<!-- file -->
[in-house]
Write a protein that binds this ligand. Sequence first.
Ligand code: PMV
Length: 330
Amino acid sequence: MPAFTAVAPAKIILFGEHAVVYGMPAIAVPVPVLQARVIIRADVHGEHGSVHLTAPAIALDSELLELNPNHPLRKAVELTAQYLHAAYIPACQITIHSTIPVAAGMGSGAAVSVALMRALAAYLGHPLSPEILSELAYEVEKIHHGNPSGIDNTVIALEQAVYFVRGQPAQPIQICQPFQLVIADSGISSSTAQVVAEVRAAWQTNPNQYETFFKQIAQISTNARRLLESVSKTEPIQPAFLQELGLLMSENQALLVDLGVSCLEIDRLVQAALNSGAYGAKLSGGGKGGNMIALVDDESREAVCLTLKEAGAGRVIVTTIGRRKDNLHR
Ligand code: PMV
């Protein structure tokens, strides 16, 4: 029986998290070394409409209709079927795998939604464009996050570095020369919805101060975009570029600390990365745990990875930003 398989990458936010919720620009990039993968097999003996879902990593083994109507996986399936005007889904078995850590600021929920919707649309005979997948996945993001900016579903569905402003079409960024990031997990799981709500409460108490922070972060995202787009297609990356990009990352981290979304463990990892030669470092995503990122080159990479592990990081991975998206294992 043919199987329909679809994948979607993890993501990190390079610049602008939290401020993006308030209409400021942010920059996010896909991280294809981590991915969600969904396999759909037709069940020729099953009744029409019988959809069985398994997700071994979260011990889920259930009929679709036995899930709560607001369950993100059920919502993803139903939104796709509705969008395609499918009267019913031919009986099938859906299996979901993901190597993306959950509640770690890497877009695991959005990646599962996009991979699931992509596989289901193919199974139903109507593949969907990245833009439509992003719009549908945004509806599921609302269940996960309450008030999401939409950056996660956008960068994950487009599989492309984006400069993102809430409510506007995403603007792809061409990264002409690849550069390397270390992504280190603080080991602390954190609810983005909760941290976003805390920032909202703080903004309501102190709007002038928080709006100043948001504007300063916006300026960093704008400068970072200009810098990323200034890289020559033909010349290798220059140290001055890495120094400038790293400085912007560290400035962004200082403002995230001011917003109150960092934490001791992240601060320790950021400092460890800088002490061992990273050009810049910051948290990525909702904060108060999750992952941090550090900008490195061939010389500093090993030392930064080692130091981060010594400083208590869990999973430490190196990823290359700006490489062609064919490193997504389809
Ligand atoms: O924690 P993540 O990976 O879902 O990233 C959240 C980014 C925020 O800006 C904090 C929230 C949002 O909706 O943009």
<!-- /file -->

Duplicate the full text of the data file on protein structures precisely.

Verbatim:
[in-house]
Write a protein that binds this ligand. Sequence first.
Ligand code: PMV
Length: 330
Amino acid sequence: MPAFTAVAPAKIILFGEHAVVYGMPAIAVPVPVLQARVIIRADVHGEHGSVHLTAPAIALDSELLELNPNHPLRKAVELTAQYLHAAYIPACQITIHSTIPVAAGMGSGAAVSVALMRALAAYLGHPLSPEILSELAYEVEKIHHGNPSGIDNTVIALEQAVYFVRGQPAQPIQICQPFQLVIADSGISSSTAQVVAEVRAAWQTNPNQYETFFKQIAQISTNARRLLESVSKTEPIQPAFLQELGLLMSENQALLVDLGVSCLEIDRLVQAALNSGAYGAKLSGGGKGGNMIALVDDESREAVCLTLKEAGAGRVIVTTIGRRKDNLHR
Ligand code: PMV
């Protein structure tokens, strides 16, 4: 029986998290070394409409209709079927795998939604464009996050570095020369919805101060975009570029600390990365745990990875930003 398989990458936010919720620009990039993968097999003996879902990593083994109507996986399936005007889904078995850590600021929920919707649309005979997948996945993001900016579903569905402003079409960024990031997990799981709500409460108490922070972060995202787009297609990356990009990352981290979304463990990892030669470092995503990122080159990479592990990081991975998206294992 043919199987329909679809994948979607993890993501990190390079610049602008939290401020993006308030209409400021942010920059996010896909991280294809981590991915969600969904396999759909037709069940020729099953009744029409019988959809069985398994997700071994979260011990889920259930009929679709036995899930709560607001369950993100059920919502993803139903939104796709509705969008395609499918009267019913031919009986099938859906299996979901993901190597993306959950509640770690890497877009695991959005990646599962996009991979699931992509596989289901193919199974139903109507593949969907990245833009439509992003719009549908945004509806599921609302269940996960309450008030999401939409950056996660956008960068994950487009599989492309984006400069993102809430409510506007995403603007792809061409990264002409690849550069390397270390992504280190603080080991602390954190609810983005909760941290976003805390920032909202703080903004309501102190709007002038928080709006100043948001504007300063916006300026960093704008400068970072200009810098990323200034890289020559033909010349290798220059140290001055890495120094400038790293400085912007560290400035962004200082403002995230001011917003109150960092934490001791992240601060320790950021400092460890800088002490061992990273050009810049910051948290990525909702904060108060999750992952941090550090900008490195061939010389500093090993030392930064080692130091981060010594400083208590869990999973430490190196990823290359700006490489062609064919490193997504389809
Ligand atoms: O924690 P993540 O990976 O879902 O990233 C959240 C980014 C925020 O800006 C904090 C929230 C949002 O909706 O943009």